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Tune 2-DOF PID Controller (Command Line)

This example shows how to design a two-degree-of-freedom (2-DOF) PID controller at the command line. The example also compares the 2-DOF controller performance to the performance achieved with a 1-DOF PID controller.

2-DOF PID controllers include setpoint weighting on the proportional and derivative terms. Compared to a 1-DOF PID controller, a 2-DOF PID controller can achieve better disturbance rejection without significant increase of overshoot in setpoint tracking. A typical control architecture using a 2-DOF PID controller is shown in the following diagram.

For this example, design a 2-DOF controller for the plant given by:

Suppose that your target bandwidth for the system is 1.5 rad/s.

wc = 1.5;
G = tf(1,[1 0.5 0.1]);
C2 = pidtune(G,'PID2',wc)
C2 =
  u = Kp (b*r-y) + Ki --- (r-y) + Kd*s (c*r-y)

  with Kp = 1.26, Ki = 0.255, Kd = 1.38, b = 0.665, c = 0
Continuous-time 2-DOF PID controller in parallel form.

Using the type 'PID2' causes pidtune to generate a 2-DOF controller, represented as a pid2 object. The display confirms this result. pidtune tunes all controller coefficients, including the setpoint weights b and c, to balance performance and robustness.

To compute the closed-loop response, note that a 2-DOF PID controller is a 2-input, 1-output dynamic system. You can resolve the controller into two channels, one for the reference signal and one for the feedback signal, as shown in the diagram. (See Continuous-Time 2-DOF PID Controller Representations for more information.)

Decompose the controller into the components Cr and Cy, and use them to compute the closed-loop response from r to y.

C2tf = tf(C2);
Cr = C2tf(1);
Cy = C2tf(2);
T2 = Cr*feedback(G,Cy,+1);

To examine the disturbance-rejection performance, compute the transfer function from d to y.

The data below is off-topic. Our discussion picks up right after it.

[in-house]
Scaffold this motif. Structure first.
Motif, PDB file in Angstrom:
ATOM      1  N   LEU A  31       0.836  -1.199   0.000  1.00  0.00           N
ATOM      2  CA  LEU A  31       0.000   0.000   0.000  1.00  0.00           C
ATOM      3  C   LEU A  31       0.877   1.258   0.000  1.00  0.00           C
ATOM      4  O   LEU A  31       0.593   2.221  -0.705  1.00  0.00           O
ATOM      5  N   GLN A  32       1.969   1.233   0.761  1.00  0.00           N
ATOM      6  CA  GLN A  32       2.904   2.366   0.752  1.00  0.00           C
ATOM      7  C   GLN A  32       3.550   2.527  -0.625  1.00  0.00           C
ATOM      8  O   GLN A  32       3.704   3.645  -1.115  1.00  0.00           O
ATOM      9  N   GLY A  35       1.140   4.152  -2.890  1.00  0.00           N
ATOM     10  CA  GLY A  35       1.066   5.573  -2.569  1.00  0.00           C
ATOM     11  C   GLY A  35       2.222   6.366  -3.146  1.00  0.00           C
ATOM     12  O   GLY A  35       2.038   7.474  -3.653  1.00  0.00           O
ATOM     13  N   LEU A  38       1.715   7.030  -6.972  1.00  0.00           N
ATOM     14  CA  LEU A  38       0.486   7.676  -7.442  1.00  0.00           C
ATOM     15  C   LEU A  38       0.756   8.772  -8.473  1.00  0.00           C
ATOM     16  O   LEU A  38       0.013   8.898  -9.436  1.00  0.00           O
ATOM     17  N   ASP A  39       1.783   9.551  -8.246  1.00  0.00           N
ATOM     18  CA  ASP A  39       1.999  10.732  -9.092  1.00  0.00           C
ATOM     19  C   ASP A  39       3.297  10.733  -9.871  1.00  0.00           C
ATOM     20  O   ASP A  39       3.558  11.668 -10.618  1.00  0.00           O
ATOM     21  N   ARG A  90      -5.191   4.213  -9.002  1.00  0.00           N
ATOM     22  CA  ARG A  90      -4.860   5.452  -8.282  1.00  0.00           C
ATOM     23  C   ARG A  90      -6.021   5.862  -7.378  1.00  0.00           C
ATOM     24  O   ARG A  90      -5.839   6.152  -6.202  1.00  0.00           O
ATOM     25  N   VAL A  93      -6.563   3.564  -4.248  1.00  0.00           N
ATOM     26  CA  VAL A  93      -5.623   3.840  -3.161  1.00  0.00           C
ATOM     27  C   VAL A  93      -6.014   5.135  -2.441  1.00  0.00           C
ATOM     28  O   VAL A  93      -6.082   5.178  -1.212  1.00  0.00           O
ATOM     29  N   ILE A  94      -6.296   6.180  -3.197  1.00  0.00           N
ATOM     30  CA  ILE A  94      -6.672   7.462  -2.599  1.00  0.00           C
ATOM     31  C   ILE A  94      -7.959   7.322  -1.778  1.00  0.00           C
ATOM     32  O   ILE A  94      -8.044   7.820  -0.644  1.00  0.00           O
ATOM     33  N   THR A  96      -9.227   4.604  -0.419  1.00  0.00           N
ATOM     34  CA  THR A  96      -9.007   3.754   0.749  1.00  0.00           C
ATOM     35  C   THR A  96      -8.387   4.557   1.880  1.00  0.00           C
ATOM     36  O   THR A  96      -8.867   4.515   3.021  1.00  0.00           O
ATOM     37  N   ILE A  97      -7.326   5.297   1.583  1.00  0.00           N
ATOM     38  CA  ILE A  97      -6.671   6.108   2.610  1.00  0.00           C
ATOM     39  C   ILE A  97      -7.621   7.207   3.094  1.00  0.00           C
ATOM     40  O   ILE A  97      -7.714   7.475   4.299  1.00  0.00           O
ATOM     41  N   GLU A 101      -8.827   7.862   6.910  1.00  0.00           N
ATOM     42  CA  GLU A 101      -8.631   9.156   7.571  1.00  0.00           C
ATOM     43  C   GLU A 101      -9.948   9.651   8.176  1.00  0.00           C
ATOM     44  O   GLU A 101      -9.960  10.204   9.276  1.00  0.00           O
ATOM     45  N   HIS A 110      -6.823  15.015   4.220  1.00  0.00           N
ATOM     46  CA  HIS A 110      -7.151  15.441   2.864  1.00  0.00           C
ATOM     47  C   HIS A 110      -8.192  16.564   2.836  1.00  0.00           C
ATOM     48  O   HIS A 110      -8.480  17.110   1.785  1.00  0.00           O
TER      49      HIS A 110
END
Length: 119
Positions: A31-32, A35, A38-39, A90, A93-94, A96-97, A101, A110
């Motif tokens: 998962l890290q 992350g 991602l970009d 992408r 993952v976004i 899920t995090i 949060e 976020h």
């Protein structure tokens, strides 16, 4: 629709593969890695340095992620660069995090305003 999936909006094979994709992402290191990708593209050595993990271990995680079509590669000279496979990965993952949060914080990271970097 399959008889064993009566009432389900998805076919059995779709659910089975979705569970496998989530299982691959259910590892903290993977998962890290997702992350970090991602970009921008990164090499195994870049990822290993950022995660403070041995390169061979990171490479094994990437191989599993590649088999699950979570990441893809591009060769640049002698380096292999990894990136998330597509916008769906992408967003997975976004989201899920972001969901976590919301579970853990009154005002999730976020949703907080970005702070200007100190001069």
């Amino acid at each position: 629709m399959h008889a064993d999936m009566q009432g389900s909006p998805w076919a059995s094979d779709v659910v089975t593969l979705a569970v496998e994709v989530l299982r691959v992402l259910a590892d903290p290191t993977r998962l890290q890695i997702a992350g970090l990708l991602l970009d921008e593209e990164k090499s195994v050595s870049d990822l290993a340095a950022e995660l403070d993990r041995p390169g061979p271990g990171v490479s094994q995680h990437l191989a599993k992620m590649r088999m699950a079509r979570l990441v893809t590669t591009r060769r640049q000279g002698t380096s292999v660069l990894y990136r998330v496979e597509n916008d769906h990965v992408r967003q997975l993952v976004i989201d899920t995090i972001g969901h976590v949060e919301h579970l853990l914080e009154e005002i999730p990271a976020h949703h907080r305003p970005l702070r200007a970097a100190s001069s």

S2 = feedback(G,Cy,+1);

For comparison, design a 1-DOF PID controller with the same bandwidth and compute the corresponding transfer functions. Then compare the step responses.

C1 = pidtune(G,'PID',wc);
T1 = feedback(G*C1,1);
S1 = feedback(G,C1);

title('Reference Tracking')
title('Disturbance Rejection')

The plots show that adding the second degree of freedom eliminates the overshoot in the reference-tracking response without any cost to disturbance rejection. You can improve disturbance rejection too using the DesignFocus option. This option causes pidtune to favor disturbance rejection over setpoint tracking.

opt = pidtuneOptions('DesignFocus','disturbance-rejection');
C2dr = pidtune(G,'PID2',wc,opt)
C2dr =
  u = Kp (b*r-y) + Ki --- (r-y) + Kd*s (c*r-y)

  with Kp = 1.72, Ki = 0.593, Kd = 1.25, b = 0, c = 0
Continuous-time 2-DOF PID controller in parallel form.

With the default balanced design focus, pidtune selects a b value between 0 and 1. For this plant, when you change design focus to favor disturbance rejection, pidtune sets b = 0 and c = 0. Thus, pidtune automatically generates an I-PD controller to optimize for disturbance rejection. (Explicitly specifying an I-PD controller without setting the design focus yields a similar controller.)

Compare the closed-loop responses using all three controllers.

C2dr_tf = tf(C2dr);
Cdr_r = C2dr_tf(1);
Cdr_y = C2dr_tf(2);
T2dr = Cdr_r*feedback(G,Cdr_y,+1);
S2dr = feedback(G,Cdr_y,+1);

title('Reference Tracking')
title('Disturbance Rejection')
legend('1-DOF','2-DOF','2-DOF rejection focus')

The plots show that the disturbance rejection is further improved compared to the balanced 2-DOF controller. This improvement comes with some sacrifice of reference-tracking performance, which is slightly slower. However, the reference-tracking response still has no overshoot.

Thus, using 2-DOF control can improve disturbance rejection without sacrificing as much reference tracking performance as 1-DOF control. These effects on system performance depend strongly on the properties of your plant. For some plants and some control bandwidths, using 2-DOF control or changing the design focus has less or no impact on the tuned result.

See Also


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